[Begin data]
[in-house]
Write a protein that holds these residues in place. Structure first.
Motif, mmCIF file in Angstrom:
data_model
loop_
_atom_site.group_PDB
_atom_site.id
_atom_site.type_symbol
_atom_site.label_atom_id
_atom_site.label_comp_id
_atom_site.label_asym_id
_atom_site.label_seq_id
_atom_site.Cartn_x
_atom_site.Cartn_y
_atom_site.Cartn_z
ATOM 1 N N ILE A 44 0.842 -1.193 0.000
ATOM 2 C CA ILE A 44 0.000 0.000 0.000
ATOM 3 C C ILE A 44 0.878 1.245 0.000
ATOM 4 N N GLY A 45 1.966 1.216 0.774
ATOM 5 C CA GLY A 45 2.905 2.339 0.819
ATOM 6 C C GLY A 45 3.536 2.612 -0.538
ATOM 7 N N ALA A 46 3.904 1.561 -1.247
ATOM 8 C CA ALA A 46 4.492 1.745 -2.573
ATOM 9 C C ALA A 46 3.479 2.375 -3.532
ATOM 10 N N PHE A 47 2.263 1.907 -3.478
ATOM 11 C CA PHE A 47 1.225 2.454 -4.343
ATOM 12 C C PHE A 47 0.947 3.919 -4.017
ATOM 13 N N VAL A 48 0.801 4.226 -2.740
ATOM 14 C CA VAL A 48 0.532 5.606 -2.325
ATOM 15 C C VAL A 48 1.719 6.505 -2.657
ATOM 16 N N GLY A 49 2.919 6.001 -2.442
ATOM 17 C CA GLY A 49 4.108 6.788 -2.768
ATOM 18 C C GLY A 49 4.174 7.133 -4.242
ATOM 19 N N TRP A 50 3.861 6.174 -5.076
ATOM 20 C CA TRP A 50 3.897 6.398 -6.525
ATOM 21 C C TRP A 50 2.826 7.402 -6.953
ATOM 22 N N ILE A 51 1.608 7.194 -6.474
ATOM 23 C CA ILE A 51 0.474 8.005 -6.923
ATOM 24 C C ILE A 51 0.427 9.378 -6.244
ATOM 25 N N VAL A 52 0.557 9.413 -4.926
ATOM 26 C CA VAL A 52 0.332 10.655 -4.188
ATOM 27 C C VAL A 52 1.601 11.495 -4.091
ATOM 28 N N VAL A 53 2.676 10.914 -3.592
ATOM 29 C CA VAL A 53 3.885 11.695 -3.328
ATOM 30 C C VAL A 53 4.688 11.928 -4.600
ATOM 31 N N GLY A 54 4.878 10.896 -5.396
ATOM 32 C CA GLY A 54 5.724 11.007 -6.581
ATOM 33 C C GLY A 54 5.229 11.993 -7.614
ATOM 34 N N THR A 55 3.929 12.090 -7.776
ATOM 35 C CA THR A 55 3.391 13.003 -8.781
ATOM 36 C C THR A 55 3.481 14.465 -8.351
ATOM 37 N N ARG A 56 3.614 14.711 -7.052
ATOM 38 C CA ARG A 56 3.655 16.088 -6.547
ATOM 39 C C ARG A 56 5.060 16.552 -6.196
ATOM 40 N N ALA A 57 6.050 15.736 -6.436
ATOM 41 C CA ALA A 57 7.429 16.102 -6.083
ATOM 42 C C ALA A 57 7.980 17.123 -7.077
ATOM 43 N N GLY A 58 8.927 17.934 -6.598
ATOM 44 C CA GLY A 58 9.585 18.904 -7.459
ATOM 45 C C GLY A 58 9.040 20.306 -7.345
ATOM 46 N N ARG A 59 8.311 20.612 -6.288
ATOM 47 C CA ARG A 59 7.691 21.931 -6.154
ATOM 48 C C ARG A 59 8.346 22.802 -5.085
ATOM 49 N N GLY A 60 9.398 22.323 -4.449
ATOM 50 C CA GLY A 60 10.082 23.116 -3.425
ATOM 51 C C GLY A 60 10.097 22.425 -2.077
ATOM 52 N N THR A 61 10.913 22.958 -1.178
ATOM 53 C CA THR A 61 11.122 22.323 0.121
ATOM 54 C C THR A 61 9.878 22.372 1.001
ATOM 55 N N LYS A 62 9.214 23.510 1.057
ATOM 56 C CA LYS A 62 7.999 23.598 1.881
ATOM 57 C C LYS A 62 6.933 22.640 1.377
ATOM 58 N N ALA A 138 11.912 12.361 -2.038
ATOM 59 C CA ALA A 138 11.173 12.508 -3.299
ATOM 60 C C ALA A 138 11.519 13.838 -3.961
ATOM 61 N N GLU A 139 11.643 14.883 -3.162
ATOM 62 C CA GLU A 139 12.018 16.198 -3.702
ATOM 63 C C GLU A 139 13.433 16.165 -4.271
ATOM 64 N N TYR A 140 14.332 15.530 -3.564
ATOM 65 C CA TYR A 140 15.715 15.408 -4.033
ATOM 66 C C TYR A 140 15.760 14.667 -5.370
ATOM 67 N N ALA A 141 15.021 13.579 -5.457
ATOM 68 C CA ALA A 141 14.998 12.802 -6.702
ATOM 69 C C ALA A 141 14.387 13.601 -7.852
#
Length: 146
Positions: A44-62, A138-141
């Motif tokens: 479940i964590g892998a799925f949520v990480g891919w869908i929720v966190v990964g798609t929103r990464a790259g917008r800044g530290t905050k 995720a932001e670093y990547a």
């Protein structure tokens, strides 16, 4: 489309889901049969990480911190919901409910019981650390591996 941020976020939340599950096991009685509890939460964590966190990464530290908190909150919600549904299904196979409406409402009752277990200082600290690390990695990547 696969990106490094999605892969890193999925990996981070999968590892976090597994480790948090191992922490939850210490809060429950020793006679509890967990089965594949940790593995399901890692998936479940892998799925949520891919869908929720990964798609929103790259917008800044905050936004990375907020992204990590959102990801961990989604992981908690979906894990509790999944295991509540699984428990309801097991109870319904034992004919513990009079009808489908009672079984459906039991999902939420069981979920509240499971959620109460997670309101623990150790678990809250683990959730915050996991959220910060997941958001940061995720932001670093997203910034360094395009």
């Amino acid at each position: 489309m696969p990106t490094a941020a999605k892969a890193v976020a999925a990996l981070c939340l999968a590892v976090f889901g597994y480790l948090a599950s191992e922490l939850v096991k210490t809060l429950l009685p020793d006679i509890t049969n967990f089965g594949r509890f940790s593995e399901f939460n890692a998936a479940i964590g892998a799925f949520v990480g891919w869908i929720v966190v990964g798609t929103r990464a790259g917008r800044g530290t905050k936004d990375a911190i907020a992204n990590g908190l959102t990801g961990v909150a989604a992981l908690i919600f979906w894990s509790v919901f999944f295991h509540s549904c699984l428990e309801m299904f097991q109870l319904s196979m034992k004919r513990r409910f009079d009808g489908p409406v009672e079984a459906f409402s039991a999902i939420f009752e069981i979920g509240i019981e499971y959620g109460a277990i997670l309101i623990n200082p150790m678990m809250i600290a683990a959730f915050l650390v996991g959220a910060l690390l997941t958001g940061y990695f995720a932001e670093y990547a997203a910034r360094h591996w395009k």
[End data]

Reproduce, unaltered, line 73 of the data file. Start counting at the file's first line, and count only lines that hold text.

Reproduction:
ATOM 58 N N ALA A 138 11.912 12.361 -2.038